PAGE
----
In 1802 William Cobbett started his newspaper, the Political Register. At first Cobbett's newspaper supported the Tories but he gradually became more radical. By 1806 Cobbett used the newspaper to campaign for parliamentary reform.
William Cobbett was not afraid to criticise the government in the Political Register and in 1809 he attacked the use of German troops to put down a mutiny in Ely. Cobbett was tried and convicted for sedition and sentenced to two years' imprisonment in Newgate Prison. When Cobbett was released he continued his campaign against newspaper taxes and government attempts to prevent free speech.
By 1815 the tax on newspapers had reached 4d. a copy. As few people could afford to pay 6d. or 7d. for a newspaper, the tax restricted the circulation of most of these journals to people with fairly high incomes. Cobbett was only able to sell just over a thousand copies a week. The following year William Cobbett began publishing it as a pamphlet. Cobbett now sold the Political Register for only 2d. and it soon had a circulation of 40,000.
Cobbett's journal was the main newspaper read by the working class. This made William Cobbett a dangerous man and in 1817 he heard that the government planned to have him arrested for sedition. Unwilling to spend another period in prison, Cobbett fled to the United States. For two years Cobbett lived on a farm in Long Island but with the help of William Benbow, a friend in London, continued to publish the Political Register.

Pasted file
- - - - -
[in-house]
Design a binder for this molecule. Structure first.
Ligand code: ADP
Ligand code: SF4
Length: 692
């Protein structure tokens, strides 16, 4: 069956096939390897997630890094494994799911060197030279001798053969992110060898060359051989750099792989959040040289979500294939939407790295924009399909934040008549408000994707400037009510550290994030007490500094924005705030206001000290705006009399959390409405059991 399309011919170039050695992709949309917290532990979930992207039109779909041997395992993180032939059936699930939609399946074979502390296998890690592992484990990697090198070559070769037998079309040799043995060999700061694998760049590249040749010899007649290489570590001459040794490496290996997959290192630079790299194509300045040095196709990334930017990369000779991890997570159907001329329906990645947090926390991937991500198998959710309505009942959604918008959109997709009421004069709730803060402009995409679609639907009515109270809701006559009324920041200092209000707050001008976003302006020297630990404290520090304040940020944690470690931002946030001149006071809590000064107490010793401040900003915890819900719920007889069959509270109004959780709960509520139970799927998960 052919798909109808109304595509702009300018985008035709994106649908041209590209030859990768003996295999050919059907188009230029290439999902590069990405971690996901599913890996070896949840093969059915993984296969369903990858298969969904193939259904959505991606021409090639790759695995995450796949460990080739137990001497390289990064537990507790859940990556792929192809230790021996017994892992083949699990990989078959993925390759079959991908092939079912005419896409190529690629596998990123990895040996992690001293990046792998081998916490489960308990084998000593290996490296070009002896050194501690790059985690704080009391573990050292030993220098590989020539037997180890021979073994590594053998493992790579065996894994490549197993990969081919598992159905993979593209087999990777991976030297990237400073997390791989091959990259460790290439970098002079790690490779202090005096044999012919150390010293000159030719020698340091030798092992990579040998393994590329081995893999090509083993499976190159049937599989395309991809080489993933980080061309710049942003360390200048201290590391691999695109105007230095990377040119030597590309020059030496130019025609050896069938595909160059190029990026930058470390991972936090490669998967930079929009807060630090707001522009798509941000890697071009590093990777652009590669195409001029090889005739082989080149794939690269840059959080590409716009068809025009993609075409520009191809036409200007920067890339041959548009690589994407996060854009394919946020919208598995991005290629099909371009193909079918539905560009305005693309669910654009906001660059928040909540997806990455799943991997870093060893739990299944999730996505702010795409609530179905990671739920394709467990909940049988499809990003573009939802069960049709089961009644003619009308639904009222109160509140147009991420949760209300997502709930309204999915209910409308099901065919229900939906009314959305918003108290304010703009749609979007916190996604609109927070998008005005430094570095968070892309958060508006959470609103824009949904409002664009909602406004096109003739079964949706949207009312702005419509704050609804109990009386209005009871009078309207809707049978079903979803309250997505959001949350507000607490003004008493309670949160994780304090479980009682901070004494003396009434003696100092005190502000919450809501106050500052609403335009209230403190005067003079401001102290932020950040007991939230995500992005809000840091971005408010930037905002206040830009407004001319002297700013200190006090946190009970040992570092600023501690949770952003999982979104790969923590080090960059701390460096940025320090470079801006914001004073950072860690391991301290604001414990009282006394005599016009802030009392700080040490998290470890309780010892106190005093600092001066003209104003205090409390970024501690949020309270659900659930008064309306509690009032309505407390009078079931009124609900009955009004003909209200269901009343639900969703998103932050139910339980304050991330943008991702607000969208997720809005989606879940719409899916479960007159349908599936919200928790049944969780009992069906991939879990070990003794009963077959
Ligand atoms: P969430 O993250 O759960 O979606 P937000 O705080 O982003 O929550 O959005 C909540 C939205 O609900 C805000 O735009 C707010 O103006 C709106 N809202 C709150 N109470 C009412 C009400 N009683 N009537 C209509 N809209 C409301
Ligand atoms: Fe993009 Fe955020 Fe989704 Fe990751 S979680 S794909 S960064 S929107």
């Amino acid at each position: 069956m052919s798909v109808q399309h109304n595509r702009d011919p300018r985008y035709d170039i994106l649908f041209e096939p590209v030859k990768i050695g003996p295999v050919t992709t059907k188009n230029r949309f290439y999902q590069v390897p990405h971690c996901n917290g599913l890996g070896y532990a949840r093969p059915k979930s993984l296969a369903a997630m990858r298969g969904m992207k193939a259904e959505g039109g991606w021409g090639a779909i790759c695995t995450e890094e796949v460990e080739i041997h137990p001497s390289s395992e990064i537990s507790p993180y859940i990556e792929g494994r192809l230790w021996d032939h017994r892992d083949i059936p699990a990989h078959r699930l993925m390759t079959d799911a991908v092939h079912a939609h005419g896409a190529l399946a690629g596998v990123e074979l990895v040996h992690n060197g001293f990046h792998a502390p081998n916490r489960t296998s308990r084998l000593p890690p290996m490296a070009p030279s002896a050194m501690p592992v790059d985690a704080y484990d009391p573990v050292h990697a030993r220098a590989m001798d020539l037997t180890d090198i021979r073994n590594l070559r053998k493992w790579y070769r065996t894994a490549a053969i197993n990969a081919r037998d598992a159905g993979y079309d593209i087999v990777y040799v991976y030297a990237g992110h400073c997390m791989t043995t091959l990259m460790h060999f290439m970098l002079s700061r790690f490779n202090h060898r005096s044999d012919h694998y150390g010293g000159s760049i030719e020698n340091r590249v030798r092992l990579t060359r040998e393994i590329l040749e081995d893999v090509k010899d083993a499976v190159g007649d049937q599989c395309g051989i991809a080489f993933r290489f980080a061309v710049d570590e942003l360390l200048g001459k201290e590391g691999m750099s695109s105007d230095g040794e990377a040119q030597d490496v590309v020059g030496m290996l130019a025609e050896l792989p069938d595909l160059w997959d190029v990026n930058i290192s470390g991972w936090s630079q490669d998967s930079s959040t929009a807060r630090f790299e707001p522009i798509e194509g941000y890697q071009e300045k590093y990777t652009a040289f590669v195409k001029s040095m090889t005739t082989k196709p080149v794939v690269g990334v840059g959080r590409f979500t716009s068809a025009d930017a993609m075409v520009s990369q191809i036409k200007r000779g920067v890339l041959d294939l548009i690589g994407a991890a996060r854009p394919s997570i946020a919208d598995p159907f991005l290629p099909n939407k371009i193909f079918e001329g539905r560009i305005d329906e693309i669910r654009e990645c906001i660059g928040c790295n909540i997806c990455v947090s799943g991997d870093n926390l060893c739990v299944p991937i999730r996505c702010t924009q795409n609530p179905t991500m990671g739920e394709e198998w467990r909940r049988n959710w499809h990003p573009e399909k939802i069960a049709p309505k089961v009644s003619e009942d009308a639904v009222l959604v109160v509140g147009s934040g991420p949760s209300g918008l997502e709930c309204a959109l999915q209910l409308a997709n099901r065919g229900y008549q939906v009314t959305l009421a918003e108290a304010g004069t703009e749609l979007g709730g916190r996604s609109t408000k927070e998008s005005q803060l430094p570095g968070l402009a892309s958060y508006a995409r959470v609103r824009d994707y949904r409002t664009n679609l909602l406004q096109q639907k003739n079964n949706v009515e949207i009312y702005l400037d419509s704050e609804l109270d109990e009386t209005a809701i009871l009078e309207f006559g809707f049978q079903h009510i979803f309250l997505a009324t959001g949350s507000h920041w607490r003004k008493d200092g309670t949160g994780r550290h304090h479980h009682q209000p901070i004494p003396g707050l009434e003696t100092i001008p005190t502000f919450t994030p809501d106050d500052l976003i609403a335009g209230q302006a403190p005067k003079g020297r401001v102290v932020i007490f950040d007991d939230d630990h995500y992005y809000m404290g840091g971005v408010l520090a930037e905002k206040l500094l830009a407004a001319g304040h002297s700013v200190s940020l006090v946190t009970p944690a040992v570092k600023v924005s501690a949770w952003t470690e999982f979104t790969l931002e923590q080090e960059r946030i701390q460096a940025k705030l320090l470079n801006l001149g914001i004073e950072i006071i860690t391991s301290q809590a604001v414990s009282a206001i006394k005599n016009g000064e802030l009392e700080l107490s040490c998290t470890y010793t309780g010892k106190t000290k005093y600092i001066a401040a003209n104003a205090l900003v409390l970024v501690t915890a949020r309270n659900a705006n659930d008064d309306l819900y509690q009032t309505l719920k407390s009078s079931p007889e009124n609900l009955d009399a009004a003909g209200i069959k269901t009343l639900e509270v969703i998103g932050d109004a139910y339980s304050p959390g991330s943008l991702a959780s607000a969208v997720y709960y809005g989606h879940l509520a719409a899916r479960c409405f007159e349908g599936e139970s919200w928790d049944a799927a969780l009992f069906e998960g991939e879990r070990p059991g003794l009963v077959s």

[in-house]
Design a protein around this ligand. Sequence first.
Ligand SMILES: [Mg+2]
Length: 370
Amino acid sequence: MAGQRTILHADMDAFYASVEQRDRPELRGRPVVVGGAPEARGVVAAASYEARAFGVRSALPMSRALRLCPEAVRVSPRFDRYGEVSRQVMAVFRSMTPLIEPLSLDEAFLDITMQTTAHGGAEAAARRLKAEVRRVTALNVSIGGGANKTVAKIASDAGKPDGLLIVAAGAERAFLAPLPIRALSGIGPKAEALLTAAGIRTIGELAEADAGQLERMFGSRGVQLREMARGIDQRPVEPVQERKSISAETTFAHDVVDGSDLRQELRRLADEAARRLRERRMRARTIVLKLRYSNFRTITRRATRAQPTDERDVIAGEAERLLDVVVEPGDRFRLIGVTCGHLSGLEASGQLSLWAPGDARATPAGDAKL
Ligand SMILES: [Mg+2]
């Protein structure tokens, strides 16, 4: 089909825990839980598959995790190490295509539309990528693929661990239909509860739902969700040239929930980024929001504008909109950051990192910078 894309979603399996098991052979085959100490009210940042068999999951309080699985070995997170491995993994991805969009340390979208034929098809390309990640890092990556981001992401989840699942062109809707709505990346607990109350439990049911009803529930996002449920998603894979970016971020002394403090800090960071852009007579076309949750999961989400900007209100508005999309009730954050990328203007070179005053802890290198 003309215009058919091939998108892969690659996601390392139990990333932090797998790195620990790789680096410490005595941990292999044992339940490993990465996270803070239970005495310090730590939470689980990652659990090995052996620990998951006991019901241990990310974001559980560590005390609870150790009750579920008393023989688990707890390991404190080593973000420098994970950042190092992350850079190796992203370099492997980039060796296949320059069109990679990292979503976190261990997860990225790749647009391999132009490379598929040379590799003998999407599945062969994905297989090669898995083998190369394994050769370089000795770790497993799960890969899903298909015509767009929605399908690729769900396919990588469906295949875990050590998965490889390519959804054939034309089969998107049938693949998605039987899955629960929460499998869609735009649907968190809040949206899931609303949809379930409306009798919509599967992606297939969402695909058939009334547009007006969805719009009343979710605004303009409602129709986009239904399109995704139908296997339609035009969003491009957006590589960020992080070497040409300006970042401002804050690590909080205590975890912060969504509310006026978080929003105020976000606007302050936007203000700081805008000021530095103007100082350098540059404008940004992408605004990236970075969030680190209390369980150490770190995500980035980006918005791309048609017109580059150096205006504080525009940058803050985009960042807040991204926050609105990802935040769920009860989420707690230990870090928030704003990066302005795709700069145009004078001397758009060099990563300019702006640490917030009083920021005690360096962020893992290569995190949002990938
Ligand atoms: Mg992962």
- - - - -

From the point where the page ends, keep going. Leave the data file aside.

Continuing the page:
William Cobbett arrived back in England soon after the Peterloo Massacre. Cobbett joined with other Radicals in his attacks on the government and three times during the next couple of years was charged with libel.
In 1821 William Cobbett started a tour of Britain on horseback. Each evening he recorded his observations on what he had seen and heard that day. This work was published as a series of articles in the Political Register and as a book, Rural Rides, in 1830.
Cobbett continued to publish controversial material in the Political Register and in July, 1831, was charged with seditious libel after writing an article in support of the Captain Swing Riots. Cobbett conducted his own defence and he was so successful that the jury failed to convict him.
Even after his election to the House of Commons in 1832 William Cobbett continued to publish the Political Register. Cobbett wrote his last article for the newspaper on 13th June 1835. Cobbett died five days later on 18th June 1835.